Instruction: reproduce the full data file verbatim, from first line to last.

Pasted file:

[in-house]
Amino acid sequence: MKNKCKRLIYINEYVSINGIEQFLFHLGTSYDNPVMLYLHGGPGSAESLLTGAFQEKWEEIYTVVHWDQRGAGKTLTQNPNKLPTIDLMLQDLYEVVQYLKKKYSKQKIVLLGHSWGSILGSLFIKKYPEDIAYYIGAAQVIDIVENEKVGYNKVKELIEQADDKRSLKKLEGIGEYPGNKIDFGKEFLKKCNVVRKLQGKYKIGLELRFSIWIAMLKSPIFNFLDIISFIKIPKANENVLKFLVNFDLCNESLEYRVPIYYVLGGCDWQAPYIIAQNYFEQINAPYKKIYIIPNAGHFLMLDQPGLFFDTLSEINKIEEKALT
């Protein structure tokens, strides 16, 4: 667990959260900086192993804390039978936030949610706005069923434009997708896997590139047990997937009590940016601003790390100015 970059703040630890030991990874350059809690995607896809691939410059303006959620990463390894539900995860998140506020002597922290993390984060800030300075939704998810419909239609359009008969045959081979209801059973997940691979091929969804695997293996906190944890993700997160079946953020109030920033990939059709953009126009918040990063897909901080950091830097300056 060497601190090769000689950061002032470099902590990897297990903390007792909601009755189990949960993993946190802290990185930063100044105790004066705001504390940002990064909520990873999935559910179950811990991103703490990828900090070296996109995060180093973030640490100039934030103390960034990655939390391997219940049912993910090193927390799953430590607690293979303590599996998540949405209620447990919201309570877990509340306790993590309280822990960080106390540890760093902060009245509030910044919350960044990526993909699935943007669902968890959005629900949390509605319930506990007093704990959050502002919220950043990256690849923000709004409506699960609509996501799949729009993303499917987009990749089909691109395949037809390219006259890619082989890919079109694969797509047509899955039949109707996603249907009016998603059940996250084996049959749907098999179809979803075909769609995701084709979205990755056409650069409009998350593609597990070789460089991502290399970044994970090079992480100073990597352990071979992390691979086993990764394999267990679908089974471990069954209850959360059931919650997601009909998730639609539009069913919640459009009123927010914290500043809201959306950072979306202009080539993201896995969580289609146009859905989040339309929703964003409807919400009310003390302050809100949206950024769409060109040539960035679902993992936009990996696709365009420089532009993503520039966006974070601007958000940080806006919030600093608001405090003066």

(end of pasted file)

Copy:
[in-house]
Amino acid sequence: MKNKCKRLIYINEYVSINGIEQFLFHLGTSYDNPVMLYLHGGPGSAESLLTGAFQEKWEEIYTVVHWDQRGAGKTLTQNPNKLPTIDLMLQDLYEVVQYLKKKYSKQKIVLLGHSWGSILGSLFIKKYPEDIAYYIGAAQVIDIVENEKVGYNKVKELIEQADDKRSLKKLEGIGEYPGNKIDFGKEFLKKCNVVRKLQGKYKIGLELRFSIWIAMLKSPIFNFLDIISFIKIPKANENVLKFLVNFDLCNESLEYRVPIYYVLGGCDWQAPYIIAQNYFEQINAPYKKIYIIPNAGHFLMLDQPGLFFDTLSEINKIEEKALT
């Protein structure tokens, strides 16, 4: 667990959260900086192993804390039978936030949610706005069923434009997708896997590139047990997937009590940016601003790390100015 970059703040630890030991990874350059809690995607896809691939410059303006959620990463390894539900995860998140506020002597922290993390984060800030300075939704998810419909239609359009008969045959081979209801059973997940691979091929969804695997293996906190944890993700997160079946953020109030920033990939059709953009126009918040990063897909901080950091830097300056 060497601190090769000689950061002032470099902590990897297990903390007792909601009755189990949960993993946190802290990185930063100044105790004066705001504390940002990064909520990873999935559910179950811990991103703490990828900090070296996109995060180093973030640490100039934030103390960034990655939390391997219940049912993910090193927390799953430590607690293979303590599996998540949405209620447990919201309570877990509340306790993590309280822990960080106390540890760093902060009245509030910044919350960044990526993909699935943007669902968890959005629900949390509605319930506990007093704990959050502002919220950043990256690849923000709004409506699960609509996501799949729009993303499917987009990749089909691109395949037809390219006259890619082989890919079109694969797509047509899955039949109707996603249907009016998603059940996250084996049959749907098999179809979803075909769609995701084709979205990755056409650069409009998350593609597990070789460089991502290399970044994970090079992480100073990597352990071979992390691979086993990764394999267990679908089974471990069954209850959360059931919650997601009909998730639609539009069913919640459009009123927010914290500043809201959306950072979306202009080539993201896995969580289609146009859905989040339309929703964003409807919400009310003390302050809100949206950024769409060109040539960035679902993992936009990996696709365009420089532009993503520039966006974070601007958000940080806006919030600093608001405090003066």